The remarkable thing was that the missionary enterprise partook of such a small degree of imperialism. By and large it was the only movement from the West that did not seek to exploit colonial peoples, and wherever it was sufficiently strong it forced governmental officials to deal more justly with the native peoples. But the missionaries could not avoid the fact that they were often present in foreign lands only because their own nation or some other Western nation was in control. If they sought no advantage from this arrangement, they could overcome their initial handicap. When they sought extra protection and privileges, they destroyed their effectiveness.
In 1898 the United States went to war against Spain and emerged with the Philippine Islands, Puerto Rico, and a protectorate over Cuba. The war was caused as much by the excitement built up by the American press and pulpits as by the misconduct of the Spanish. Their treatment of those possessions was little different in 1898 from what it was in 1798, yet in 1898 a war resulted. The consequence was that America found itself catapulted into the arena of foreign affairs.
The pulpit and religious papers were solidly in favor of the war, and after the war they promoted the American retention of the territory in order to prepare the natives for freedom. The first step to freedom was to bring them the gospel as interpreted by Protestantism. Here was a chance for American Churches to operate on a foreign field under American control. They did not pass up the opportunity. As a result new work was undertaken in the Philippines and Puerto Rico, and in light of Americaís enhanced position in the Far East mission work in China and Japan became of greater importance. The foreign mission movement entered a new age.
The fresh life in the foreign mission movement had consequences for religious life not only in foreign lands but also in America. With unprecedented numbers entering foreign service and with ever-increasing funds being raised for missions, it was inevitable that it was to have some effect on American Protestantism.
For one thing it made Americans in general and Christianity in particular aware of different peoples and customs. Though missionaries went only to preach Christ and him crucified, they constantly faced the question of how this could be done. They at first simply ignored the whole foreign culture to which they preached. but they soon found this was impossible. They had to find the best means of making the gospel relevant, and so they took a new interest in other religions and cultures.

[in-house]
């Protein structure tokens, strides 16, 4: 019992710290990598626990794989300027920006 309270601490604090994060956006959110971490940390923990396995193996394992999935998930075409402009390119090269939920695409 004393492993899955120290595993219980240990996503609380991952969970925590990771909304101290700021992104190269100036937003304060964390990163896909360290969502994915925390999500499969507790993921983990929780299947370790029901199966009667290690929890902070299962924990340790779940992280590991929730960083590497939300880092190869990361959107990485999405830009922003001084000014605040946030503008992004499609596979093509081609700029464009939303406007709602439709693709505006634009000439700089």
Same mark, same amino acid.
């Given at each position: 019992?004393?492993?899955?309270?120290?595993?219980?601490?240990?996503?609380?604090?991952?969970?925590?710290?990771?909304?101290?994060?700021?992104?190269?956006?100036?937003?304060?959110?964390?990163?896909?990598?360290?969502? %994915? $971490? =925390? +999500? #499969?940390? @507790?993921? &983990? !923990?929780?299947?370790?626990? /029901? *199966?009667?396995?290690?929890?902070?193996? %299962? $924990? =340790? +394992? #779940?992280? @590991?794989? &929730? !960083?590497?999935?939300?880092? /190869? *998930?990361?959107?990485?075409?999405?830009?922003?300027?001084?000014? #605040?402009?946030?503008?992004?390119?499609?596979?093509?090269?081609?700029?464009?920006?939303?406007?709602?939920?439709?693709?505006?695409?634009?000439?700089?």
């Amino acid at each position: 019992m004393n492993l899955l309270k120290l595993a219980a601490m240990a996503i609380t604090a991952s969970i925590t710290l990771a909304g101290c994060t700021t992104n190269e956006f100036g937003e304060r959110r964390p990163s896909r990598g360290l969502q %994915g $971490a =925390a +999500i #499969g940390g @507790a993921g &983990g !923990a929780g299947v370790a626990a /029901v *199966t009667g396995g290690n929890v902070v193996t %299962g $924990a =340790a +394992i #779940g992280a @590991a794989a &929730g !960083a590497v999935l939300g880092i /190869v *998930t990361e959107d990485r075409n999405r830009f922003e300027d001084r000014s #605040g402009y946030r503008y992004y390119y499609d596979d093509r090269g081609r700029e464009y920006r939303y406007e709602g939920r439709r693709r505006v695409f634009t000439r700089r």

Furthermore, while working on the foreign field, they found that needless competition between various Protestant groups only stood in the way of evangelism; therefore, they were forced to seek cooperation with one another. This had consequences not only on the foreign field but also on the Churches at home in America. They had to reappraise their common faith as well as their differences.
Finally, the increased use of laity both in the Churches and in the colleges made for a Christianity of greater life and vitality. It made all Christians feel responsible for spreading the gospel. This was not simply a job for hired pastors or professionals. The great leaders who left businesses remained laymen while they led the missionary enterprise. Dwight L. Moody, Robert E. Speer, and John R. Mott are examples. So the expansion of foreign missions brought the layman into a new position of importance in American Christianity.
Meanwhile, going hand in hand with the increased tempo of revivalism and the redoubled efforts at foreign missions was a fresh impetus to reform. This took the form of the Sabbath movement and the temperance movement, both of which had long been dear to the hearts of revivalistic Christians.
All those coming out of revivalism were greatly disturbed by the slow distintegration of the strict Sabbath. They felt that it should be a day devoted exclusively to religious activity with absolutely no merrymaking. Large numbers of German, Scandinavian, and southern European immigrants thought otherwise. To be sure, the religious among them started the day with church, but the remainder of the day was to be spent in recreation and relaxation. God made the day for manís recreation. So they made merry, sang, laughed, and even drank.